Dubrovnik – Split – Zagreb
The journey to Dubrovnik was always going to be an interesting one. As we had paid for our InterRail passes we wanted to use the train as much as possible to avoid having to pay for other methods of transportation. We began by getting the train from Sofia to Belgrade which we knew, as it was going through Serbia, would be delayed. Fortunately we were sharing our cabin with another American traveller, David, a German who worked in Belgrade and spoke English, Yorke and later on another American, Matt. The conversations flowed pretty easily and the journey and delays were largely ignored in favour of the exchange of stories and plans. Once we arrived in Belgrade, we stopped off in the Backpackers Lounge once more.
The next morning we got up early, grabbed some supplies and got on a train to Bar on the Montenegrin coast, again we expected serious delays and this turned out to be our worst train ride yet; stopping on three separate occasions for over an hour on either side of the border. The only consolation was the stunning mountain scenery that we passed through.
We arrived in Bar around midnight and walked across the town to the Yu Hostel to find everyone, owners included, out. Fortunately two other guests came back from the bars just after we arrived and let us in, showing us to an open room where we crashed for the night. After a few hours sleep we were up and ready to roll out once more. We had believe we would be able to get a bus straight to Dubrovnik from Bar, but we were informed that we would have to get several buses, going to Podgorica, Herceg Novi and then to Dubrovnik. We were also told that this would be simple and buses ran all the time, which was true up until Herceg Novi where we found only two buses that went to Dubrovnik and we had missed them both. After brief hesitation we approached a taxi driver, who told us he could drive us the rest of the way for a minimum of 40 Euros, which we accepted. The drive was a pleasant one and we were dropped at the main bus station and only charged what was agreed, which pleased David and I greatly. From the station we found ourselves only a short, but seriously uphill walk to the Begovic Boarding House and I don’t think either of us had been happier to arrive at a destination. Four countries, three days, two trains, two buses and a taxi later and we were finally in Dubrovnik!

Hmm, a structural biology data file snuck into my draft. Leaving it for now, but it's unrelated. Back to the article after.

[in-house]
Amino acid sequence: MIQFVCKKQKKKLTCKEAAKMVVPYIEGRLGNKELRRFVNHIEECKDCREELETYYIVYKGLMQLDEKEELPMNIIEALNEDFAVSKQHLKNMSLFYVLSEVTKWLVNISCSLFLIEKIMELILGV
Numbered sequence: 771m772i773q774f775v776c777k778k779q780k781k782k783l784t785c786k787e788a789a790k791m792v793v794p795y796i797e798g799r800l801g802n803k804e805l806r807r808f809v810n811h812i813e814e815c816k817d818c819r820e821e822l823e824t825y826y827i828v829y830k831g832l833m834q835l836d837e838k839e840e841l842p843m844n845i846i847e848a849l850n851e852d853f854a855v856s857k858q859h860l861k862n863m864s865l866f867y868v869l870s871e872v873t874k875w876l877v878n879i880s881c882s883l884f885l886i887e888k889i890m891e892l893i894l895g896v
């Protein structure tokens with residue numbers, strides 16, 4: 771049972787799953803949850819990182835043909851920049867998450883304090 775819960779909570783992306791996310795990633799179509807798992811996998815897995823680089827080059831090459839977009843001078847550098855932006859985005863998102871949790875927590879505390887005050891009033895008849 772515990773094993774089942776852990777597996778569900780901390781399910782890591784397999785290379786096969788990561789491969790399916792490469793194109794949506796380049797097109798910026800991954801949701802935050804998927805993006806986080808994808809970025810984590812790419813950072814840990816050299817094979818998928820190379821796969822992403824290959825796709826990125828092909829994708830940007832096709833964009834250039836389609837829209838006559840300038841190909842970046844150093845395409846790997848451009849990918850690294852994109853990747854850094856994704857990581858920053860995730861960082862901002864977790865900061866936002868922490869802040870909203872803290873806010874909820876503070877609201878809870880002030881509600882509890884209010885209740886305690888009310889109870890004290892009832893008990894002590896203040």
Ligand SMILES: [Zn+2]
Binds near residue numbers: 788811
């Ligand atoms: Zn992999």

Once we had settled into our room we decided it would be best for us to get some dinner as we hadn’t managed to eat anything substantial since Sofia. We headed down to the promenade in Lapad and stopped at the first place we came to where I indulged in steak and chips, and David enjoyed chicken stuffed with ham and cheese and both were washed down with a refreshing lager. We opted not to stay out late as the 1000km journey had really taken it out of us and we retired to our room with the intention of getting up early to see the Old Town before the cruise ships rolled in.
We began the following day in terrible form. Proper beds combined with a lack of sleep to keep us resting long into the morning and we didn’t make it out until after many of the cruise ships had already dumped their passengers onto the shores. Still, we got our things together and headed across the peninsular to Stari Grad. Fortunately, it wasn’t as bad as we had expected; there was plenty of room to move about it without walking on pensioners toes.
We ambled about for a while, before finding something to eat. The owner of the apartment we were staying in informed us it would be very expensive to eat in the old town, but we found a small place tucked away on a back street where things weren’t to bad and enjoyed a light lunch a some old town beers. After eating we continued to explore the old town, visiting the harbor and checking out the 6m thick walls. Having done the rounds, we decided it would be necessary for us to hit the beach seeing as David had missed out on the excellent sands of Varna.
We returned to our apartment, dropped our things and for the first time on the trip David put on some shorts. He was serious, he would definitely be going in the sea. We headed down to the Lapad promenade and followed it down to the beach, which was fairly packed despite having an unpleasant covering of stones and pebbles. Based on the poor quality of the beach itself we headed immediately into the sea which turned out to be the best decision. The sea was impossibly clear, pleasantly refreshing, and for one reader, yes; it was wet. After bobbing about for a while, we headed back to the apartment once more to freshen up before heading out for some food.